Latest posts by Midge Raymond (see all)
- Q&A with WRITING FOR ANIMALS contributor Alex Lockwood - August 17, 2018
- Q&A with WRITING FOR ANIMALS contributor Sangamithra Iyer - August 16, 2018
- Q&A with WRITING FOR ANIMALS contributor Marybeth Holleman - August 15, 2018
Paula MacKay’s essay “Rewilding Literature: Catalyzing Compassion for Wild Predators through Creative Nonfiction” appears in Writing for Animals.
Q: In what ways has your writing changed as your knowledge and awareness of animals has evolved?
A: I’ve come to recognize that creative storytelling about animals (and people) is key to wildlife conservation. Early in my career, my writing tended to be more journalistic and scientific: magazine and journal articles, newsletters, op-eds, and the like. But as I’ve become more knowledgeable about wildlife through my work in conservation and field biology, I’ve increasingly found myself trying to imagine life and landscapes through the eyes of the animals I study — and wanting to share this imaginative empathy in my nonfiction writing. A few years ago, I enrolled in the MFA program at Pacific Lutheran University to learn how to improve my craft so that I could inspire readers about wildlife in a more compelling and personal way. This is a work-in-progress, and I still very much value science and science-informed writing. But I hope my writing continues to evolve such that I can help inspire readers to love and care about our wild neighbors through their hearts as well as their minds.
Q: What is the most important thing you feel writers should keep in mind as they write about animals?
A: We shouldn’t be afraid to let our passion for animals shine through. Of course, we can never truly know what it’s like to inhabit an Other’s reality — and, in the case of nonhuman animals, we should take care not to project too much humanness on the animals we’re writing about (for example, my sense is that malevolence is mostly a human attribute). Nonetheless, I think it’s important to recognize the intelligence, social and family bonds, curiosity, personalities, and other remarkable traits of animals in our writing, and to reveal our own inner worlds as they relate to animals so that readers can emotionally connect with us, our stories, and the animals themselves.
Q: Which authors/books do you feel do a good job of realistically and compassionately portraying the lives of animals?
A: I’ve read numerous books in this category and I hope to read many more (and maybe even write one myself!). But here are a few off the top of my head:
Rick Bass, Ninemile Wolves
Marc Bekoff, Rewilding Our Hearts
Jane Goodall, Reason for Hope
Ted Kerasote, Merle’s Door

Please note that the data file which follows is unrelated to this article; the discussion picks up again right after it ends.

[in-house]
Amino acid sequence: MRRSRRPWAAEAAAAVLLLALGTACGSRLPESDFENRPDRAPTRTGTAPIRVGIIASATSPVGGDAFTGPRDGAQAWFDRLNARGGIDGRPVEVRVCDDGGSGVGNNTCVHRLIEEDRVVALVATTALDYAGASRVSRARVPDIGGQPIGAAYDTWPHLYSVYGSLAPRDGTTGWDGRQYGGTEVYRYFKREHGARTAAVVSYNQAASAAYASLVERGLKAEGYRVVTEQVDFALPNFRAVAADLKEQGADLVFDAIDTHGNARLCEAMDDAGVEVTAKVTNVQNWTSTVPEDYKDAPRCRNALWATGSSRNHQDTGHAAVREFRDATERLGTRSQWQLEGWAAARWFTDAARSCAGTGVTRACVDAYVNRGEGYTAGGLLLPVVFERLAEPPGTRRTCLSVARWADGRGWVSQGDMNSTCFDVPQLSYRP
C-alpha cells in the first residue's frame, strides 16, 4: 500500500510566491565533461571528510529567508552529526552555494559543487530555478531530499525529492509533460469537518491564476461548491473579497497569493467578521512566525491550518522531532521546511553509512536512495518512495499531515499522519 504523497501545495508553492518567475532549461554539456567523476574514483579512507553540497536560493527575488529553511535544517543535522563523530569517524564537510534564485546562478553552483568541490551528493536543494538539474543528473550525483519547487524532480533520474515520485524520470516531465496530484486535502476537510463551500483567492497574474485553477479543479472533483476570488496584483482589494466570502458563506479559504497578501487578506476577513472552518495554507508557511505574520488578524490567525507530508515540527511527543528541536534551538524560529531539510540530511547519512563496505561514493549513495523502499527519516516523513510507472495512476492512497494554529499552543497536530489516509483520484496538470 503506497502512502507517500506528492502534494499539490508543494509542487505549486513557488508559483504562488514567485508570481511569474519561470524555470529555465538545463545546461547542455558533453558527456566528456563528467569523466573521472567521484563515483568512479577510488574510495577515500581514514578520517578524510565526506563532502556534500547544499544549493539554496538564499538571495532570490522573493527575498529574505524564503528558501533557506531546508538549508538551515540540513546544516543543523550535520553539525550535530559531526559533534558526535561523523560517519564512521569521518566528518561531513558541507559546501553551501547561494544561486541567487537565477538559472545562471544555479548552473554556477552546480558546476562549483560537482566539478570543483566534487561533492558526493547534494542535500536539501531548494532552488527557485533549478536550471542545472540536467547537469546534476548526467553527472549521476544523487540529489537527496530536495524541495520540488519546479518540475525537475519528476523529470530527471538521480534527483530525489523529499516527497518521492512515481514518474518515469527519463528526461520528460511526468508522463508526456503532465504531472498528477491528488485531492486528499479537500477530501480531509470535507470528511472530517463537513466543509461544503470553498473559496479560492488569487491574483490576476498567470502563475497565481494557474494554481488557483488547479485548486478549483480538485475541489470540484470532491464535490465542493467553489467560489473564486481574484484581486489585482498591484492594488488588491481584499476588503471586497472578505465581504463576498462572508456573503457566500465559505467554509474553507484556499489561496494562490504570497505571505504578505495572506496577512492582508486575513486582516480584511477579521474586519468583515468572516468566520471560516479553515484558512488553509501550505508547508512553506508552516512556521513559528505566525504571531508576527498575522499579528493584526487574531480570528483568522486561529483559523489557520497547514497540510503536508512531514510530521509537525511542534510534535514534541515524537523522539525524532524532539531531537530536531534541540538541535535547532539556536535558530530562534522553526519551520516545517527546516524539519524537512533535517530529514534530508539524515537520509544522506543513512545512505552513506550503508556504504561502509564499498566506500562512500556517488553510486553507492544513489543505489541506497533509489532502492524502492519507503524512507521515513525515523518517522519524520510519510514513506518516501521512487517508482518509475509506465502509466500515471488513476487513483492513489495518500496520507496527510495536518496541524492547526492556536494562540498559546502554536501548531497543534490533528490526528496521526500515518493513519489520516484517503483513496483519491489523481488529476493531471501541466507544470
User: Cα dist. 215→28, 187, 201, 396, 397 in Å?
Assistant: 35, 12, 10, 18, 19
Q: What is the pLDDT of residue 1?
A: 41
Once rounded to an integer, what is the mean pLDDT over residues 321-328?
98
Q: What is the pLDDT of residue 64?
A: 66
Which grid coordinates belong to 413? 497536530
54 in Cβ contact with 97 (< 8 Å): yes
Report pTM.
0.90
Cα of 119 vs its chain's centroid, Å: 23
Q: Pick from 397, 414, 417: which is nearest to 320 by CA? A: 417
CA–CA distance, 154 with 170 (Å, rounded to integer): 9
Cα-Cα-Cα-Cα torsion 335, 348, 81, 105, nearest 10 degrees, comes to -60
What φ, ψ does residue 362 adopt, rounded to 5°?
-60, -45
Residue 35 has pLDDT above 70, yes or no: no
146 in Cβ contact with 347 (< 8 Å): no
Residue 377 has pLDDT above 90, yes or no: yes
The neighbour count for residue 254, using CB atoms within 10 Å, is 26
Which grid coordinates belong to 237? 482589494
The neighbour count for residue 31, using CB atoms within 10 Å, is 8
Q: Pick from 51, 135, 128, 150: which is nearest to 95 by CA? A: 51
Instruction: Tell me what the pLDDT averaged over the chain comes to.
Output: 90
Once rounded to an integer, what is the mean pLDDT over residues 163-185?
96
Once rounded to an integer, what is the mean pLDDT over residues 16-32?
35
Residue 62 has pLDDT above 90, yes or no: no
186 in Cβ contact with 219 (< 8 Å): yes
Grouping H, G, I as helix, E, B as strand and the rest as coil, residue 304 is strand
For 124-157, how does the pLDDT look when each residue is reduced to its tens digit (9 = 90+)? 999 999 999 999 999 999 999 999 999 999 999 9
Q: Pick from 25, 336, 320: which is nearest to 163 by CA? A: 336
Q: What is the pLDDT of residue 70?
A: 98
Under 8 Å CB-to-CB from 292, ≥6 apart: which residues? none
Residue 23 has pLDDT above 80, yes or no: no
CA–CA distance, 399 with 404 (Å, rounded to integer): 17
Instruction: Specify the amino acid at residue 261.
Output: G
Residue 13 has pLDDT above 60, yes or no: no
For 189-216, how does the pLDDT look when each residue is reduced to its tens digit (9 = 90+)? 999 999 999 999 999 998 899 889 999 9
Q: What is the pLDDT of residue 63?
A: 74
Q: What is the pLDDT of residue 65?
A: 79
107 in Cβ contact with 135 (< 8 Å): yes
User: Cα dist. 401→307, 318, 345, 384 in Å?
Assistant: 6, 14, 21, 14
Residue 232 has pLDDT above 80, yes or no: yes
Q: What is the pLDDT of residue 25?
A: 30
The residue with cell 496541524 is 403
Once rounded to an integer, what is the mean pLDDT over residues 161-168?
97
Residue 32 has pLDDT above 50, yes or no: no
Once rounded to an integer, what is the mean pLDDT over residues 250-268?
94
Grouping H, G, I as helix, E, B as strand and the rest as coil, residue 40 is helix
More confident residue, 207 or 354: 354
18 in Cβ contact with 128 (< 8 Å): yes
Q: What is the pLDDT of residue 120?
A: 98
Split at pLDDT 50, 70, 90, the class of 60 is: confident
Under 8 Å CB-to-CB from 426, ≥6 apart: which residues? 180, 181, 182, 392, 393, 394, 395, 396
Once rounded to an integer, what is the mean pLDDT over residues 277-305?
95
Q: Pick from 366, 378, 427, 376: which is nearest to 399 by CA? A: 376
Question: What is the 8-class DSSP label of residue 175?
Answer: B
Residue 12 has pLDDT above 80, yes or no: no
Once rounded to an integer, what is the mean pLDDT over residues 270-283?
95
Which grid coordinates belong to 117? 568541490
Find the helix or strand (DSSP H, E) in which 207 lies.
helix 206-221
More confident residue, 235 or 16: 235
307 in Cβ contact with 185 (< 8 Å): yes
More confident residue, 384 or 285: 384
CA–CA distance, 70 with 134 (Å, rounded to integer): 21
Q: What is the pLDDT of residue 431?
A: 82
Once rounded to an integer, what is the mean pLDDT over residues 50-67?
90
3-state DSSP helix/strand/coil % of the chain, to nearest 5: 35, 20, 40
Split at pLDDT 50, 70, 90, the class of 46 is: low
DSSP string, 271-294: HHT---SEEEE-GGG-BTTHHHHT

Helen Macdonald, H is for Hawk
Ellen Meloy, Eating Stone
A. A. Milne, Winnie-the-Pooh (who doesn’t love Winnie-the-Pooh?)
Sy Montgomery, The Good Good Pig, The Soul of an Octopus
David Quammen, Monster of God
Carl Safina, Beyond Words
Eva Saulitis, Into Great Silence
John Vaillant, The Tiger
E. B. White, Charlotte’s Web, Essays of E.B. White
Peter Wohlleben, The Hidden Life of Trees (okay, trees aren’t animals—but they are living beings)
I’d also like to recommend Wild Hope magazine—a relatively new publication (to which I contribute) that does an excellent job of blending wildlife science and storytelling.
Q: In what ways can humans use nature to reconnect with animals, both on and off the page?
A: My time in nature — local forests and beaches, and especially wilderness — is key to reconnecting with other animals and myself. The human world is full of distractions and distressing events these days, which create so much inner noise that it can be difficult to hear ourselves think or to tune into the sounds of nature. When I walk through the woods or in the mountains, I’m reminded that there are many, many realities out there (imagine the life of a woodpecker or a wolverine!), not just the personal and political realities that tend to occupy my mind, and I find a sense of peace that escapes me on the streets of Seattle. With this quietude, I feel a deep communion with other animals and the inspiration to give them voice in my writing.
Paula MacKay completed her MFA in Creative Writing at Pacific Lutheran University in 2015. For the past seventeen years, she has surveyed bears, wolverines, wolves, and other wildlife with her husband, Robert Long, with whom she co-edited Noninvasive Survey Methods for Carnivores (Island Press, 2008). Paula has written about animals and conservation for numerous organizations, scientific books and journals, and magazines. Her essay “My Sister’s Shoes” was recently published in Siblings: Our First Macrocosm.